CONCERN is mounting that Royal Dutch/Shell may
be forced to take a $10 billion hit (£5.6
billion) after the oil company’s chief executive
was harangued by President Putin about cost
overruns at the Sakhalin gas project in Siberia.
At a meeting in Amsterdam, the Russian
President is reported to have told Jeroen Van
der Veer that Shell’s revised budget for
Sakhalin was “economically unfounded” and would
not be approved.
Failure to secure Russian approval for the
$20 billion budget would mean that Shell would
be unable to recover early the $10 billion cost
overrun, which the company revealed in July.
Shell shares dipped sharply, falling 19p
per share to £18.19 as analysts assessed the
impact to profits of a delay in the recovery of
billions of dollars in extra costs at Sakhalin.
Shell confirmed that Mr Van der Veer met
with President Putin on Tuesday but would not
comment on the outcome as reported in the
Russian media. A Shell spokesperson said:
“Sakhalin II was discussed in the meeting. We
were encouraged to work with relevant
authorities in Russia (over the budget).”
The Russian Government showed its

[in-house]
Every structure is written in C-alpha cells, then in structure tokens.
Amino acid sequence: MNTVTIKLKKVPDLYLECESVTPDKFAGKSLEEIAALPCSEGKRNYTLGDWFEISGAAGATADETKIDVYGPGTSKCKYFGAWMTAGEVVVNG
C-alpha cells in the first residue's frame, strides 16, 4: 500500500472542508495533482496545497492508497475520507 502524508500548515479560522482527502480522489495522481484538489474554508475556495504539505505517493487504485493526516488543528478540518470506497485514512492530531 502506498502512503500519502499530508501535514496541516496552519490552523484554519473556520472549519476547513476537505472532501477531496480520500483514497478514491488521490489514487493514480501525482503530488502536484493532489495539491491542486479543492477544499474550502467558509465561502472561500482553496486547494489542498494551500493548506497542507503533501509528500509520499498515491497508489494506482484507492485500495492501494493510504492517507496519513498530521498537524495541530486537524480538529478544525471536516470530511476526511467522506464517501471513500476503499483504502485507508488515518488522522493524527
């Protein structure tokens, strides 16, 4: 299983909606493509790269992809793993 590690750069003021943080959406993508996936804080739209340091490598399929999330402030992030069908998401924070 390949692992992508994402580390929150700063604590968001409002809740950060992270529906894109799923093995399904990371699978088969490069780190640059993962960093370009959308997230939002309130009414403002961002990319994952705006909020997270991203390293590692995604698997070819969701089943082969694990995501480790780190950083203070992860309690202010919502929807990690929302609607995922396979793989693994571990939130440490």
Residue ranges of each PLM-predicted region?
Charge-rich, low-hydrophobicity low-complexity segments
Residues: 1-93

displeasure with Shell in September when it
excluded the company from participation in a
foreign consortium developing Shtokman, a giant
gasfield in the Barents Sea and a project which
Shell was keen to join.
Also on Tuesday, Russia’s energy ministry
requested more information about the increased
spending plans at Sakhalin. “The Russian side
has question to do with poorly-grounded changes
in the spending estimate,” the ministry said,
suggesting that it might carry out an
Shell disclosed that Sakhalin’s budget had
doubled to $20 billion just days after signing
an asset swap agreement with Gazprom under which
the Russian state gas giant was to acquire a
quarter of Sakhalin II in exchange for a share
in a Gazprom gas asset.
The Russian Government’s embarrassment at
being left in the dark will be compounded by
concern that its expectation of revenues will be
delayed because of the huge cost increase.
The Sakhalin project is governed by a
production sharing agreement. Typically, such
agreements allow a foreign oil company to
recover its development costs from oil and gas
sales before tax and royalties are paid. Without
agreement on the new budget, Shell will have to
absorb the cost of financing the budget